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Old 01-07-2007, 11:38 AM   #11
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Okay, a little later than expected but hoping at least a couple of you are still tuned in, here are some quotes from the section in "Joy" which I thought was an eye-opener (it's 12 paragraphs long so I'm not typing all of it!):

Quote:
Cornstarch, along with tapioca and arrowroot, is recommended for thickening very acid fruits because it does not lose its thickening power as quickly as flour does in the presence of acid. But if it is overcooked, it loses its thickening power very quickly, regardless of the presence of acid. These facts account for the countless letters we get on pie fillings. In the extra special care cooks lavish on fillings, they are apt to overcook, or overbeat them after cooking. Be very careful to check the cooking stages described later on.

Other causes for breakdown of thickening may come from a too high percentage of sugar in the recipe and, strangely, even from using too much cornstartch.
Well, this is what I was referring to: mine never thickened enough and, in fact, seemed almost to get thinner. If what they say above is true, my experience makes sense: I added more cornstarch because I was discouraged with it not thickening, and then I cooked it more expecting it to now thicken with the additional cornstarch. I may, therefore, both have added too much and overcooked it, a sure-fire way to screw it up according to them!

Here are the stages:

Quote:
Once the cornstarch is properly added to the liquid, dispersed either in sugar or in a cold paste, it goes through 2 main cooking periods, 3 if eggs are added ... During the first period of about 8 to 12 minutes, constant, gentle stirring is necessary to blend the mixture free from lumps and to hold the starch particles in suspension until gelatinization takes place and the mixture thickens. In this time, it should have reached at least 185 degrees, the temperature that is essential for proper unmolding.

Then follows the second period of about 10 minutes when the mixture is covered and cooked undisturbed to complete gelatinization. Maintain the 185 degree temperature.
I've left out the third stage since it has to do with eggs which in at least my most recent troubles, weren't involved.

They also mention that the material from which the double boiler is made makes a difference, stainless steel and enamel being superior to glass or crockery. Usually I use my S.S. double boiler although with the recent catastrophe, I was using glass. I haven't had much luck with the S.S. either, however!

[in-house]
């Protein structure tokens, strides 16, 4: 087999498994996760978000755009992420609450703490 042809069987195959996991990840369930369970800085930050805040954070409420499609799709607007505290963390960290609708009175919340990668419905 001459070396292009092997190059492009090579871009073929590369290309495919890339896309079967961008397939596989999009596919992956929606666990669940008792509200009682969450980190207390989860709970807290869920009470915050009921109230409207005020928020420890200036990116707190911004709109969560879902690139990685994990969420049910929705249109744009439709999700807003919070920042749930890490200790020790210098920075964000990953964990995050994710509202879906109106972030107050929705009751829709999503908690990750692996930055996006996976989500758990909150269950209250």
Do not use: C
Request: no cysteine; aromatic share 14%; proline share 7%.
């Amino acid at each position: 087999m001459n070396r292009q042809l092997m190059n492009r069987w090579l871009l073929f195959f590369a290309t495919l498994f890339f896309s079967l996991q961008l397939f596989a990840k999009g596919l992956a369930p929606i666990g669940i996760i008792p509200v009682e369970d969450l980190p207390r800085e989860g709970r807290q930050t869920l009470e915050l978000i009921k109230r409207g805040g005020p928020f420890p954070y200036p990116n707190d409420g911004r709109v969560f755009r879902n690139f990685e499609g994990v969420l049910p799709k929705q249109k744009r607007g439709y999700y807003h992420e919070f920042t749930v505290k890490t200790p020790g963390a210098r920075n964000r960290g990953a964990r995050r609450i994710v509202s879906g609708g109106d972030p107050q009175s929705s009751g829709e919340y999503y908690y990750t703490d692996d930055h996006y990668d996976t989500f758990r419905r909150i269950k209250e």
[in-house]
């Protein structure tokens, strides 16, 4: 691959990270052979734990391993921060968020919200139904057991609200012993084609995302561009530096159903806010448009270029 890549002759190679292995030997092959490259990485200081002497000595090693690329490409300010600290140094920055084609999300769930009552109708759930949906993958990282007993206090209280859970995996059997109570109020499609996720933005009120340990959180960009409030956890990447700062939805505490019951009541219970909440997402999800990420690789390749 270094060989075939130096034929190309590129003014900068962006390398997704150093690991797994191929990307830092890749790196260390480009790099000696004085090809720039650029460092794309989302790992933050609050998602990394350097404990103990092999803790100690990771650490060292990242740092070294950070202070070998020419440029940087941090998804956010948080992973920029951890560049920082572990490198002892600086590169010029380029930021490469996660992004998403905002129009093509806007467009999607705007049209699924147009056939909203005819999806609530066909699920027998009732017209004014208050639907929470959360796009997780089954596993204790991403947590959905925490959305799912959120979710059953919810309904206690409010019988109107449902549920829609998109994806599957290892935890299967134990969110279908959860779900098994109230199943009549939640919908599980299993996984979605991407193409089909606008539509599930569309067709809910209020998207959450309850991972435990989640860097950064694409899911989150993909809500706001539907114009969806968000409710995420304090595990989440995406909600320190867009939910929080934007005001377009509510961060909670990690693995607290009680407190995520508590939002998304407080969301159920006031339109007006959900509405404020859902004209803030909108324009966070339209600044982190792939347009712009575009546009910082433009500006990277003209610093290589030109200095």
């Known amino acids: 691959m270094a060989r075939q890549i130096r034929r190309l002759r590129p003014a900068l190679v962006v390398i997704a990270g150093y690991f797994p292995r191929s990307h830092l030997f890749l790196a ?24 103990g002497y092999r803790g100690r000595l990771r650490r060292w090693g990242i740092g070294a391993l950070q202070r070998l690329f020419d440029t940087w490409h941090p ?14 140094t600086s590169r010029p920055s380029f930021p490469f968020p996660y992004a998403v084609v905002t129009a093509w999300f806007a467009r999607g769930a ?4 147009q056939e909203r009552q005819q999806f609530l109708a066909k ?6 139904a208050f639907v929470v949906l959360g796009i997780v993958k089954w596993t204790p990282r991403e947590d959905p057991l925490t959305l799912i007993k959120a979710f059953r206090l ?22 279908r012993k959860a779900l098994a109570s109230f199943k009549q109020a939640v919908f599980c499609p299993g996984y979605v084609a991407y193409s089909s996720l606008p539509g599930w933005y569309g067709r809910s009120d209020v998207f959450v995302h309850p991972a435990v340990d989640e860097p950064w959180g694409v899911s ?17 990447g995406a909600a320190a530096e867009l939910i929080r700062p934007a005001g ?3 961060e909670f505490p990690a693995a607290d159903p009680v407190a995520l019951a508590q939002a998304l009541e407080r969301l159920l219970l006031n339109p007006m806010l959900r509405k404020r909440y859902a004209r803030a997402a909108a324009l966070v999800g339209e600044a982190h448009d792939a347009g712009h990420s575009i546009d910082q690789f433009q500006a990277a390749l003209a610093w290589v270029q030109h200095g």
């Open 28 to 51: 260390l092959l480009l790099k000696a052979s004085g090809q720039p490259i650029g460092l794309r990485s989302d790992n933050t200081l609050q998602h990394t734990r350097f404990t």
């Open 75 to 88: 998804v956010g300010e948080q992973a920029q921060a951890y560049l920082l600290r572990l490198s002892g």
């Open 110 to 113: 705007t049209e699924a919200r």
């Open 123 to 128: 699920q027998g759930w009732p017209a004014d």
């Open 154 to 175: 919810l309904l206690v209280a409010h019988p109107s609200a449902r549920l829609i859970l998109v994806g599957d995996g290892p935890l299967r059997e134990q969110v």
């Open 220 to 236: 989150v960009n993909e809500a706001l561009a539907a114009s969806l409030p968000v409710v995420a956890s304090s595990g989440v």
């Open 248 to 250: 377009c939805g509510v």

Anyhow, I'm still baffled about all of this and find it fascinating (in a really frustrating sort of way!) that the less I tried, the better it came out!

Any comments would be very, very welcome.
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Old 01-07-2007, 12:32 PM   #12
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Ayrton, my experience and what the book says are at odds. This is not a big issue to me because I do believe that I can handle the occasional underdose/overdose of cornflour/cornstarch without much difficulty. Beyond this, there is nothing else I can say.
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Old 01-19-2007, 10:24 PM   #13
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I find it to be extremely agrivating thickening sauces with flour. Now i use instant potatoes from the box. It's simple and tastes alot better than flour.
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Old 01-21-2007, 08:05 PM   #14
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Petey, I love you. No, I use cornstarch for thickening anything Asian (that glossy, clear look and texture), have never bought potato starch. But I keep potato flakes on hand and use them for thickening some dishes. They also make a great breading sub; if you buy the flakes (not the buds), they can even sub for panko.
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Old 01-21-2007, 08:10 PM   #15
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Quote:
Originally Posted by Claire
Petey, I love you. No, I use cornstarch for thickening anything Asian (that glossy, clear look and texture), have never bought potato starch. But I keep potato flakes on hand and use them for thickening some dishes. They also make a great breading sub; if you buy the flakes (not the buds), they can even sub for panko.
You know. i almost bought corn starch today. I want to make general Tao's chicken. seems you do alot of asian cooking .maybe you could better direct me in making the coating for the chicken? I'm a novice at asian cooking.
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Old 06-07-2012, 09:06 AM   #16
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Originally Posted by Ayrton View Post